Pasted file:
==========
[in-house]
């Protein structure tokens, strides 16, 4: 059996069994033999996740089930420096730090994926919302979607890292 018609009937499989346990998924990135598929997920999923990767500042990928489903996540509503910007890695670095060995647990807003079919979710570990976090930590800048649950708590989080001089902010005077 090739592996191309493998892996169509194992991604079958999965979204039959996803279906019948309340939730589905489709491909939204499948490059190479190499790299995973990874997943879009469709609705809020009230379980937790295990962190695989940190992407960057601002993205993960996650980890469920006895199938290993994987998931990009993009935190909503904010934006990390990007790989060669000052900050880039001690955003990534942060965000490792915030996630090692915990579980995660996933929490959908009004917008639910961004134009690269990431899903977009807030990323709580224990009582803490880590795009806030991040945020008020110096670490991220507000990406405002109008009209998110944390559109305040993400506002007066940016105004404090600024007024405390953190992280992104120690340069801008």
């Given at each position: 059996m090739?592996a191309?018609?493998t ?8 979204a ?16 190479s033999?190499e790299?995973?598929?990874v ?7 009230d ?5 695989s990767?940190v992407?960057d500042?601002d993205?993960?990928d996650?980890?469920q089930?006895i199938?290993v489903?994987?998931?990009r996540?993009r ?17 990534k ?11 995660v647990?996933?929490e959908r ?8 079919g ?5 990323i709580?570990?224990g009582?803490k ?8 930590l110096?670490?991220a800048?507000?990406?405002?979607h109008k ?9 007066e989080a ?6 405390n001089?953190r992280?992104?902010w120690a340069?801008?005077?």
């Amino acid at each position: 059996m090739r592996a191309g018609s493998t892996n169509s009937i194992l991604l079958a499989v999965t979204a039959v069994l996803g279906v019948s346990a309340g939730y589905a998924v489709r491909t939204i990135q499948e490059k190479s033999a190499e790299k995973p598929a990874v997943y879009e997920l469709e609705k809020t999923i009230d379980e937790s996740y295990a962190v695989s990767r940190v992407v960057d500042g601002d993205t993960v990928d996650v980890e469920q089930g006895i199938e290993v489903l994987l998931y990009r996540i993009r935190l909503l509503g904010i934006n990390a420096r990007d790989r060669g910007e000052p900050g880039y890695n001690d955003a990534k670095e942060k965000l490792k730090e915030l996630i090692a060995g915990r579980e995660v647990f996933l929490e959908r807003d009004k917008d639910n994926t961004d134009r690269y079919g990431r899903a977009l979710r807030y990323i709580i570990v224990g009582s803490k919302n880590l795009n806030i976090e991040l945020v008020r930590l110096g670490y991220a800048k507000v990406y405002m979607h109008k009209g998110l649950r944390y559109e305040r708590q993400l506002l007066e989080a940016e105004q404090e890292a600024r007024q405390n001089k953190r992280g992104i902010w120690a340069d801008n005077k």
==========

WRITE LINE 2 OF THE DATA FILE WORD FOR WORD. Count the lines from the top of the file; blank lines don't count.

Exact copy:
């Protein structure tokens, strides 16, 4: 059996069994033999996740089930420096730090994926919302979607890292 018609009937499989346990998924990135598929997920999923990767500042990928489903996540509503910007890695670095060995647990807003079919979710570990976090930590800048649950708590989080001089902010005077 090739592996191309493998892996169509194992991604079958999965979204039959996803279906019948309340939730589905489709491909939204499948490059190479190499790299995973990874997943879009469709609705809020009230379980937790295990962190695989940190992407960057601002993205993960996650980890469920006895199938290993994987998931990009993009935190909503904010934006990390990007790989060669000052900050880039001690955003990534942060965000490792915030996630090692915990579980995660996933929490959908009004917008639910961004134009690269990431899903977009807030990323709580224990009582803490880590795009806030991040945020008020110096670490991220507000990406405002109008009209998110944390559109305040993400506002007066940016105004404090600024007024405390953190992280992104120690340069801008």